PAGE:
At first glance I thought this cheese of the Extremadura region of Spain was the cheese of Caesar. With its creamy dippable interior barely contained in the bulging low walls, the rich flavor seemed clearly meant for the most exalted leader. That’s what happens when I let my eyes and my mouth translate. It is, in fact, the cake or loaf (of cheese) from the Caceres area, along Spain’s border with Portugal; a sheep’s milk cheese from the shepherds, using vegetable (thistle) rennet and traditional cheese-making processes to create a most flavorful ivory-colored runny cheese.
I first encountered this at the international food show Salon del Gourmet in Madrid in 2005, with the top removed from a low, round wheel of cheese inviting bread to be dipped in for tasting. Delicious! And so unusual! Instead of the usual hunks of cheese I was served a smear resembling melted cheese in consistency, but not heated at all, merely kept at room temperature. It was like having a Swiss raclette or a fondue without the need for a heat source to melt the cheese. It was heavenly!
At the Eat Spain Up! event in October in New York I had another encounter with Torta del Casar, unfortunately not an edible one. I was flipping through a copy of the cookbook Extremadura – Cuatro Estaciones, and landed on a page dedicated to the region’s best cheese. Now, at least, I know where it comes from. But finding the cheese in local cheese shops, even good ones, is unlikely. La Tienda, here I come!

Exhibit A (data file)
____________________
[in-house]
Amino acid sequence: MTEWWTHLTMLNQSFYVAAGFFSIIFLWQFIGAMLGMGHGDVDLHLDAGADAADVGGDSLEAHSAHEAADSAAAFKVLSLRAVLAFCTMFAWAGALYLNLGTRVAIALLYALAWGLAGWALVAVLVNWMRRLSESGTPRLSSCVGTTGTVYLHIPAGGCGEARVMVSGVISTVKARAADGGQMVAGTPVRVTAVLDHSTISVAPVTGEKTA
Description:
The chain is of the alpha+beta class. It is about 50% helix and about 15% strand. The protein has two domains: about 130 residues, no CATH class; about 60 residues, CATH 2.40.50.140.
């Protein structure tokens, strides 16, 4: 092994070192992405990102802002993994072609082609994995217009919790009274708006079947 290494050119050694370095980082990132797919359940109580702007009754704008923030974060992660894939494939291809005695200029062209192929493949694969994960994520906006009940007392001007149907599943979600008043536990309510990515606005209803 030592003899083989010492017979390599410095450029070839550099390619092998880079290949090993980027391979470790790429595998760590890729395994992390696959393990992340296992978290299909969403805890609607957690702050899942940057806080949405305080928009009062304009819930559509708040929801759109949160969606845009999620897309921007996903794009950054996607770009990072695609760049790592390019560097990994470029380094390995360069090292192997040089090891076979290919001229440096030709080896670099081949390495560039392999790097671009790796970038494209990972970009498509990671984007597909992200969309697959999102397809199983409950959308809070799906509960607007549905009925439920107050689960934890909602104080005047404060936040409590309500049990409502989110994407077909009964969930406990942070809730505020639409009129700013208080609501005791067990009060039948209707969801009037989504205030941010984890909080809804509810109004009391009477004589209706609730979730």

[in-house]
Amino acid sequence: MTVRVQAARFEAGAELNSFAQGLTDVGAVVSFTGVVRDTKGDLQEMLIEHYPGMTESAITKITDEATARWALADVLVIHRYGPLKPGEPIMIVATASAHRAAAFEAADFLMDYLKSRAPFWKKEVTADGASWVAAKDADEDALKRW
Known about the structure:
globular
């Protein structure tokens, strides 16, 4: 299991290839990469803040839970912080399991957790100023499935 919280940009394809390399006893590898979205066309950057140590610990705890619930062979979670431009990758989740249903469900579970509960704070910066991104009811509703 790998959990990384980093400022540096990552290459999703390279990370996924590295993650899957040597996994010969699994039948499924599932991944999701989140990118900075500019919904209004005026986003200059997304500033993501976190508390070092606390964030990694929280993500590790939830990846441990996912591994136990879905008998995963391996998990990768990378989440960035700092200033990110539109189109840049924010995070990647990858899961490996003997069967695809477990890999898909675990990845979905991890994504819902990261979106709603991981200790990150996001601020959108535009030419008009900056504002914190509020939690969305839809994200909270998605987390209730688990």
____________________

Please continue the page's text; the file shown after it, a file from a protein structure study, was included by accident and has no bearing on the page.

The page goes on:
In Spain, a PDO is a Protected Designation of Origin, meaning specific criteria must be met to use that designation – sources, aging, processing and appearance are all controlled. This is true for cheeses, hams, olive oil, breeds of animals and agricultural products. Torta del Casar is one of many products so protected in Extremadura and throughout Spain. When traveling in Spain, seek out these local foods, the unique PDO flavors that brand the culinary heart of the place, and you’ll taste the terroir along with the flavors of centuries of tradition.